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Endangered Languages of Austronesia (review)

Endangered Languages of Austronesia (review) 2011 BOOK REVIEWS 81 rules of Yucatec Maya ended up as a reorganization of the language into something new, with Maya reducido not just a means of converting indigenous peoples and keeping them Christian, but itself a goal of colonization. Thus, by viewing conversion through the lens of language, Hanks is able to throw new light on the entire cultural history of coloniza- tion in Yucatán. “Language was pivotal,” he shows, “both as an object to be analyzed and altered and as an instrument with which to analyze and alter other aspects of Indian life” (p. 5). The reader is taken methodically, over eleven chapters, to that larger, bolder point: the first three chapters (based mostly on Spanish sources) explain how language fits into the larger reducción project; the middle five chapters (based mostly on Maya sources) detail how Maya reducido was created as a native language imbued with Christian ideas; and the last three chapters explore “the movement of the new language into notarial genres, where the voices of prayer commingled with the voices of rule” (p. 276). By the end, the reader is convinced that this new form of Maya had spread into everything that indigenous Yucatecans http://www.deepdyve.com/assets/images/DeepDyve-Logo-lg.png Anthropological Linguistics University of Nebraska Press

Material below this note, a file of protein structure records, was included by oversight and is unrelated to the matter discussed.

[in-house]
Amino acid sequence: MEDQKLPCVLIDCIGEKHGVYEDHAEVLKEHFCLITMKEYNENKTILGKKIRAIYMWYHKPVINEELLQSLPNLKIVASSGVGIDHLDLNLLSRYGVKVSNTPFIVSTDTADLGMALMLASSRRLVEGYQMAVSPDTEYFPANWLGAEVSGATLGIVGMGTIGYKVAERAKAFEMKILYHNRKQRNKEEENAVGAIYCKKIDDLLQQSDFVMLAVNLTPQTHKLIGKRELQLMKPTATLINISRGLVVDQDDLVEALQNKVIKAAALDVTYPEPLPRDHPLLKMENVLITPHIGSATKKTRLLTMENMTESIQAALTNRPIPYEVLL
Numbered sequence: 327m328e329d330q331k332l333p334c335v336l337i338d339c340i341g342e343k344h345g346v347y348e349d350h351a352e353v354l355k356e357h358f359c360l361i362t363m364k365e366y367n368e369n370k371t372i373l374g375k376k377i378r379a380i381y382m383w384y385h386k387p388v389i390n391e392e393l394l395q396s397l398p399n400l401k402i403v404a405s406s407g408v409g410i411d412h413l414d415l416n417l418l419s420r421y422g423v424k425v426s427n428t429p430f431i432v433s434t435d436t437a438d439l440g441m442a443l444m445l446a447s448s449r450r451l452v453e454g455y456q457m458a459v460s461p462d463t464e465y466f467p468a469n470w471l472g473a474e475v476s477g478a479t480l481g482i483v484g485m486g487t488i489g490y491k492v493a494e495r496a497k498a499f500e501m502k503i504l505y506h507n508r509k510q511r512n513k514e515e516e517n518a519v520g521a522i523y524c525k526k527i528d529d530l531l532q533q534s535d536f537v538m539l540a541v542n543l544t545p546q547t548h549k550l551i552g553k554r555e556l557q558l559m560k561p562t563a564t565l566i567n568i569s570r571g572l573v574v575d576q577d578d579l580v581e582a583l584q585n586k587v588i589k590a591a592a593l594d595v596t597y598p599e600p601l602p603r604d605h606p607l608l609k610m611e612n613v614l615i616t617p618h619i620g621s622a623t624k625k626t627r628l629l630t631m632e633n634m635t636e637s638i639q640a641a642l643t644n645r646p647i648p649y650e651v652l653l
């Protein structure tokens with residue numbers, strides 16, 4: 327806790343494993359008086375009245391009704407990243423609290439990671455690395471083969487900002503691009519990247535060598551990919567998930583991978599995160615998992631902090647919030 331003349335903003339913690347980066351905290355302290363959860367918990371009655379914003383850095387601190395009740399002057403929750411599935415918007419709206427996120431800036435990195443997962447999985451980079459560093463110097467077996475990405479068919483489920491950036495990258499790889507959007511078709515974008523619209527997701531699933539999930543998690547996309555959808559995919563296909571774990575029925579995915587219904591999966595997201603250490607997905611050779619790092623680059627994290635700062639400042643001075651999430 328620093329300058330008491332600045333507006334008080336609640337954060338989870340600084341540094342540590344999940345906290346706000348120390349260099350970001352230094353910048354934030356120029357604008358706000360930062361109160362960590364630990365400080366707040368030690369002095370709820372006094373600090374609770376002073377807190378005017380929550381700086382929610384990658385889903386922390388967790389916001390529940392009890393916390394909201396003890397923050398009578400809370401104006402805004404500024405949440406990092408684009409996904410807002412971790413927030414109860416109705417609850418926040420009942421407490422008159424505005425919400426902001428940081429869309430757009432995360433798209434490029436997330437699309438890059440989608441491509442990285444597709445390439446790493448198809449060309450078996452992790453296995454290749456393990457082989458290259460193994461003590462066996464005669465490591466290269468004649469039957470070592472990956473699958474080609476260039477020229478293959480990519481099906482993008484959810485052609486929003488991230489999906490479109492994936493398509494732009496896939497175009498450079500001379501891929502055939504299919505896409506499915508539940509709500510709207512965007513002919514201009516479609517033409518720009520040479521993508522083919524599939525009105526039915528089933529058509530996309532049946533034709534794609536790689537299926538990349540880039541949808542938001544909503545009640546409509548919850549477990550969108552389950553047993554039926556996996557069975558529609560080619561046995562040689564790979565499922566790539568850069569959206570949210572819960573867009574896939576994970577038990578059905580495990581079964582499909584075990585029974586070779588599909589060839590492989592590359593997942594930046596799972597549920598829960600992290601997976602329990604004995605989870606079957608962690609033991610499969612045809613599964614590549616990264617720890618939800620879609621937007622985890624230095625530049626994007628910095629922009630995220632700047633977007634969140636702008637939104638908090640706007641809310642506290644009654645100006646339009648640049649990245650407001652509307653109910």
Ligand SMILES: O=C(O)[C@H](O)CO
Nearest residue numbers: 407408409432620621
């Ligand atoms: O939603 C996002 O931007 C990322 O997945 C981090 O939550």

Endangered Languages of Austronesia (review)

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Publisher
University of Nebraska Press
ISSN
1944-6527

Abstract

2011 BOOK REVIEWS 81 rules of Yucatec Maya ended up as a reorganization of the language into something new, with Maya reducido not just a means of converting indigenous peoples and keeping them Christian, but itself a goal of colonization. Thus, by viewing conversion through the lens of language, Hanks is able to throw new light on the entire cultural history of coloniza- tion in Yucatán. “Language was pivotal,” he shows, “both as an object to be analyzed and altered and as an instrument with which to analyze and alter other aspects of Indian life” (p. 5). The reader is taken methodically, over eleven chapters, to that larger, bolder point: the first three chapters (based mostly on Spanish sources) explain how language fits into the larger reducción project; the middle five chapters (based mostly on Maya sources) detail how Maya reducido was created as a native language imbued with Christian ideas; and the last three chapters explore “the movement of the new language into notarial genres, where the voices of prayer commingled with the voices of rule” (p. 276). By the end, the reader is convinced that this new form of Maya had spread into everything that indigenous Yucatecans

Journal

Anthropological LinguisticsUniversity of Nebraska Press

Published: Feb 1, 2012

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